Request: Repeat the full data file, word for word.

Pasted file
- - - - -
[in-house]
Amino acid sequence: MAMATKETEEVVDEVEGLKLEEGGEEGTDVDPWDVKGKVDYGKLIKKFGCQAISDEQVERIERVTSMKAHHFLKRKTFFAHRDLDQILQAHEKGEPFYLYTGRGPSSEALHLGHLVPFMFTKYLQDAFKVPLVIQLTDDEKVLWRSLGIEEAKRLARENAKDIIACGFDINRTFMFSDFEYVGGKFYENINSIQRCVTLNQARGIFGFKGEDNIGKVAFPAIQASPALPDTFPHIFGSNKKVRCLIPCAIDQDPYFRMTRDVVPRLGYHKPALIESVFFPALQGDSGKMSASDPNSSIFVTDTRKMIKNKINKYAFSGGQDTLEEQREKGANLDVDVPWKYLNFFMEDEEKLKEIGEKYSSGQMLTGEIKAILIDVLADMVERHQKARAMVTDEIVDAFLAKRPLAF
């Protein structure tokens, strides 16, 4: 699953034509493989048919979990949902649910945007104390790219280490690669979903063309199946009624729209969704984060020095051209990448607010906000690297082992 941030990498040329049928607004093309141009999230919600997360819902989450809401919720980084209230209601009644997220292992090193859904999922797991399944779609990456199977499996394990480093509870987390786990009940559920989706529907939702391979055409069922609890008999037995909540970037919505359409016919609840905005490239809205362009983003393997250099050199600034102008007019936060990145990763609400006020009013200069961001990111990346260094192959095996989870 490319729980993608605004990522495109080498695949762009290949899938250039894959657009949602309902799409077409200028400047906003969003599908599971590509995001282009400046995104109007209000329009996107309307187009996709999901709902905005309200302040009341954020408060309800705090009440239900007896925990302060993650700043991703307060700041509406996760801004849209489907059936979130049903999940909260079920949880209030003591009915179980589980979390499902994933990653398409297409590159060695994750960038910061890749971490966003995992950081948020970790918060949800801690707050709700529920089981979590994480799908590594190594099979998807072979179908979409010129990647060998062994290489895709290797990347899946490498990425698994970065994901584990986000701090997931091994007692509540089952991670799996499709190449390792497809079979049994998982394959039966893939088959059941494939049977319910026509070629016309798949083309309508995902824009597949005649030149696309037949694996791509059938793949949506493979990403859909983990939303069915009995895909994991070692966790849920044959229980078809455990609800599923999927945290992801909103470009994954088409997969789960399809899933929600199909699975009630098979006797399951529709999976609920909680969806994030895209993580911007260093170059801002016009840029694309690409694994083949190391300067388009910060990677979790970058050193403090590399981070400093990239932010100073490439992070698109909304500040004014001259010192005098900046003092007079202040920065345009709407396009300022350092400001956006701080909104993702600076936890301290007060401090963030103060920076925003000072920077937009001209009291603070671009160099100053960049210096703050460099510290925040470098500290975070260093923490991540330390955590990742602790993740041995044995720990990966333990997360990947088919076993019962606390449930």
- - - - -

[in-house]
Amino acid sequence: MAMATKETEEVVDEVEGLKLEEGGEEGTDVDPWDVKGKVDYGKLIKKFGCQAISDEQVERIERVTSMKAHHFLKRKTFFAHRDLDQILQAHEKGEPFYLYTGRGPSSEALHLGHLVPFMFTKYLQDAFKVPLVIQLTDDEKVLWRSLGIEEAKRLARENAKDIIACGFDINRTFMFSDFEYVGGKFYENINSIQRCVTLNQARGIFGFKGEDNIGKVAFPAIQASPALPDTFPHIFGSNKKVRCLIPCAIDQDPYFRMTRDVVPRLGYHKPALIESVFFPALQGDSGKMSASDPNSSIFVTDTRKMIKNKINKYAFSGGQDTLEEQREKGANLDVDVPWKYLNFFMEDEEKLKEIGEKYSSGQMLTGEIKAILIDVLADMVERHQKARAMVTDEIVDAFLAKRPLAF
């Protein structure tokens, strides 16, 4: 699953034509493989048919979990949902649910945007104390790219280490690669979903063309199946009624729209969704984060020095051209990448607010906000690297082992 941030990498040329049928607004093309141009999230919600997360819902989450809401919720980084209230209601009644997220292992090193859904999922797991399944779609990456199977499996394990480093509870987390786990009940559920989706529907939702391979055409069922609890008999037995909540970037919505359409016919609840905005490239809205362009983003393997250099050199600034102008007019936060990145990763609400006020009013200069961001990111990346260094192959095996989870 490319729980993608605004990522495109080498695949762009290949899938250039894959657009949602309902799409077409200028400047906003969003599908599971590509995001282009400046995104109007209000329009996107309307187009996709999901709902905005309200302040009341954020408060309800705090009440239900007896925990302060993650700043991703307060700041509406996760801004849209489907059936979130049903999940909260079920949880209030003591009915179980589980979390499902994933990653398409297409590159060695994750960038910061890749971490966003995992950081948020970790918060949800801690707050709700529920089981979590994480799908590594190594099979998807072979179908979409010129990647060998062994290489895709290797990347899946490498990425698994970065994901584990986000701090997931091994007692509540089952991670799996499709190449390792497809079979049994998982394959039966893939088959059941494939049977319910026509070629016309798949083309309508995902824009597949005649030149696309037949694996791509059938793949949506493979990403859909983990939303069915009995895909994991070692966790849920044959229980078809455990609800599923999927945290992801909103470009994954088409997969789960399809899933929600199909699975009630098979006797399951529709999976609920909680969806994030895209993580911007260093170059801002016009840029694309690409694994083949190391300067388009910060990677979790970058050193403090590399981070400093990239932010100073490439992070698109909304500040004014001259010192005098900046003092007079202040920065345009709407396009300022350092400001956006701080909104993702600076936890301290007060401090963030103060920076925003000072920077937009001209009291603070671009160099100053960049210096703050460099510290925040470098500290975070260093923490991540330390955590990742602790993740041995044995720990990966333990997360990947088919076993019962606390449930």